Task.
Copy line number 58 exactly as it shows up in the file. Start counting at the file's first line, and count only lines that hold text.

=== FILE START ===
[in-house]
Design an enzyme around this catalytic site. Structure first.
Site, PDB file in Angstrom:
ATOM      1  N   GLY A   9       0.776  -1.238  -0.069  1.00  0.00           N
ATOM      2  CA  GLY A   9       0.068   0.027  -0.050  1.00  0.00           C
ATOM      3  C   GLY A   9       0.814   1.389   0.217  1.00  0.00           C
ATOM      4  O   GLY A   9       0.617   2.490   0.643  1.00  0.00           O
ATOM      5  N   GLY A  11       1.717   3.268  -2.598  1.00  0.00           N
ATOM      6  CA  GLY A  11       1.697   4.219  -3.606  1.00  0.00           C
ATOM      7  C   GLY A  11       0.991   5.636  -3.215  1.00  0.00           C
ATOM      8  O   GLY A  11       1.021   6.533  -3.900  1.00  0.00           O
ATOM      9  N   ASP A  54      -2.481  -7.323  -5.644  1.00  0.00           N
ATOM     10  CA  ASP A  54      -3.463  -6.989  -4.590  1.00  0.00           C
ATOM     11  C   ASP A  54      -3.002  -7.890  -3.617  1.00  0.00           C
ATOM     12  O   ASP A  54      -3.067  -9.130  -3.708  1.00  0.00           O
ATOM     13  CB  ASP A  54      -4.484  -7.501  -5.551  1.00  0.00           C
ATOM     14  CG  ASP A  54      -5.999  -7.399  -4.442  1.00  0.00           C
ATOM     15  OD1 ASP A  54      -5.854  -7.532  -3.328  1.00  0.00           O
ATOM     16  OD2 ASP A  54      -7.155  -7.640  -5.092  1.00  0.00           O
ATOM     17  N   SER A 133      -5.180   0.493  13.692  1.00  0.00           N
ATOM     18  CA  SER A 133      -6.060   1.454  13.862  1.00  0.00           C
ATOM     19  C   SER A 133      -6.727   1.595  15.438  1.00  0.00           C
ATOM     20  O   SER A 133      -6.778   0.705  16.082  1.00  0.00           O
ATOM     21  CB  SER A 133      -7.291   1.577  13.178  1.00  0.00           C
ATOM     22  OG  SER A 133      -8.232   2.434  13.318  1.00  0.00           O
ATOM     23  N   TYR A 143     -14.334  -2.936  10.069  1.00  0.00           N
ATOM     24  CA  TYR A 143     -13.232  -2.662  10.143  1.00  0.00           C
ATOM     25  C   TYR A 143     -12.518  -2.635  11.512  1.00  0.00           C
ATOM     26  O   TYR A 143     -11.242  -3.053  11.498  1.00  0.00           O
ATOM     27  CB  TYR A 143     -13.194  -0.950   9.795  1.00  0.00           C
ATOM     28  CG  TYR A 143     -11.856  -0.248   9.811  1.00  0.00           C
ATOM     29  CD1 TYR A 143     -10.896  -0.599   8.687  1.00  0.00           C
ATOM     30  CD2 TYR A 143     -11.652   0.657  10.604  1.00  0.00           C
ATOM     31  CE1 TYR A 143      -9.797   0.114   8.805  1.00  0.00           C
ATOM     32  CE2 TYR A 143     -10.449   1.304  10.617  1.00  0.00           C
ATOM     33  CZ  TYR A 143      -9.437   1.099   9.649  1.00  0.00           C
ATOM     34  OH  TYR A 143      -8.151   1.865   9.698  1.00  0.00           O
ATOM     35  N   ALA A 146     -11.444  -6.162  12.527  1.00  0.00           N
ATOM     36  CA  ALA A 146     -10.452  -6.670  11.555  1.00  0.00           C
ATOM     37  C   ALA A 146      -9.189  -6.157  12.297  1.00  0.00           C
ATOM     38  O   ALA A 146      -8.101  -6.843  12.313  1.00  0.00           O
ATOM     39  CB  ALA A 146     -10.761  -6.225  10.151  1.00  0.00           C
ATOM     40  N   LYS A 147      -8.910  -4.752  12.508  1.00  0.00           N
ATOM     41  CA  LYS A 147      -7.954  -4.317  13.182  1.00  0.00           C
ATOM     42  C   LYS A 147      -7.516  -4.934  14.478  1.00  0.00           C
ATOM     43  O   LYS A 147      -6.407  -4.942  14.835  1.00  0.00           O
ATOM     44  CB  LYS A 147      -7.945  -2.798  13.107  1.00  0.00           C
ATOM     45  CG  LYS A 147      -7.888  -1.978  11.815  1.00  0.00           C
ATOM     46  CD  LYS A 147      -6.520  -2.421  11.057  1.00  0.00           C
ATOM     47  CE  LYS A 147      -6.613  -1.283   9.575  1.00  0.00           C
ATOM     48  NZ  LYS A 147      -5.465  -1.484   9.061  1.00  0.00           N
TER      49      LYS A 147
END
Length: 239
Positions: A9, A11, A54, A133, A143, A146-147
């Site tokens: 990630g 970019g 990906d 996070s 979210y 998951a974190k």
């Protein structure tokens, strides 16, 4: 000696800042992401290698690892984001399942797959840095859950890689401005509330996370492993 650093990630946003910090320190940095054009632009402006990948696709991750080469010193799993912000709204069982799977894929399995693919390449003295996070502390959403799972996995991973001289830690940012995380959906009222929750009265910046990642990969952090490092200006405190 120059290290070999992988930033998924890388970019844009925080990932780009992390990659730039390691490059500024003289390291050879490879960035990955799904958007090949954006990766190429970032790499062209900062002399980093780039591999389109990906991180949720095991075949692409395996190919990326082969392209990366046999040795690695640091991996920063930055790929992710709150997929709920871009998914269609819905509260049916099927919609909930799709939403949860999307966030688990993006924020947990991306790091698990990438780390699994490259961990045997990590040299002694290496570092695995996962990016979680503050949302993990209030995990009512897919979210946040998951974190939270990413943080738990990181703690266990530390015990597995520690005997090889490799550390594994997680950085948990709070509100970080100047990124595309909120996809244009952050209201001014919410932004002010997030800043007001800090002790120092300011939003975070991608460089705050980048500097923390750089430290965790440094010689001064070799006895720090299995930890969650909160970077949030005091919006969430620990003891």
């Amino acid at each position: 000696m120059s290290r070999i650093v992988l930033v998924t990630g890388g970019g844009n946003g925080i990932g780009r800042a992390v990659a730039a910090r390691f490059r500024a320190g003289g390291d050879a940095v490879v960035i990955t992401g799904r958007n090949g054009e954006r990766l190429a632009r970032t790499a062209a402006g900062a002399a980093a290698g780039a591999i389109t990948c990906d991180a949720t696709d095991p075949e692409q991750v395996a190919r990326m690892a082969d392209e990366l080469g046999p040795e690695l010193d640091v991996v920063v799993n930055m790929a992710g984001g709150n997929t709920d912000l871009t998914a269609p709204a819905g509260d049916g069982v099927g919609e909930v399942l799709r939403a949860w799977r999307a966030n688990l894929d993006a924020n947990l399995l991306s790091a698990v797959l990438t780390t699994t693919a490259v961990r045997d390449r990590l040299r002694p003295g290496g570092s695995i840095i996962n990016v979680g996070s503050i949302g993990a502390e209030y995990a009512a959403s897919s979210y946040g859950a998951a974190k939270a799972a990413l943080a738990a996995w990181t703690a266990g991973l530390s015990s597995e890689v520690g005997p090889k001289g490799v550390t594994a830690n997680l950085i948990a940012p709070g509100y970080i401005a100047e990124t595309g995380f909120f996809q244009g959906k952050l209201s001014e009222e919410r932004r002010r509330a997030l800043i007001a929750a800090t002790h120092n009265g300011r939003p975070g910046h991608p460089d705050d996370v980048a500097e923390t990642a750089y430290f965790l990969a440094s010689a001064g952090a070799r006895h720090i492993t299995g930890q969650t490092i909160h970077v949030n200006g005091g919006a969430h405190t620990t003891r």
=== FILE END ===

């Amino acid at each position: 000696m120059s290290r070999i650093v992988l930033v998924t990630g890388g970019g844009n946003g925080i990932g780009r800042a992390v990659a730039a910090r390691f490059r500024a320190g003289g390291d050879a940095v490879v960035i990955t992401g799904r958007n090949g054009e954006r990766l190429a632009r970032t790499a062209a402006g900062a002399a980093a290698g780039a591999i389109t990948c990906d991180a949720t696709d095991p075949e692409q991750v395996a190919r990326m690892a082969d392209e990366l080469g046999p040795e690695l010193d640091v991996v920063v799993n930055m790929a992710g984001g709150n997929t709920d912000l871009t998914a269609p709204a819905g509260d049916g069982v099927g919609e909930v399942l799709r939403a949860w799977r999307a966030n688990l894929d993006a924020n947990l399995l991306s790091a698990v797959l990438t780390t699994t693919a490259v961990r045997d390449r990590l040299r002694p003295g290496g570092s695995i840095i996962n990016v979680g996070s503050i949302g993990a502390e209030y995990a009512a959403s897919s979210y946040g859950a998951a974190k939270a799972a990413l943080a738990a996995w990181t703690a266990g991973l530390s015990s597995e890689v520690g005997p090889k001289g490799v550390t594994a830690n997680l950085i948990a940012p709070g509100y970080i401005a100047e990124t595309g995380f909120f996809q244009g959906k952050l209201s001014e009222e919410r932004r002010r509330a997030l800043i007001a929750a800090t002790h120092n009265g300011r939003p975070g910046h991608p460089d705050d996370v980048a500097e923390t990642a750089y430290f965790l990969a440094s010689a001064g952090a070799r006895h720090i492993t299995g930890q969650t490092i909160h970077v949030n200006g005091g919006a969430h405190t620990t003891r």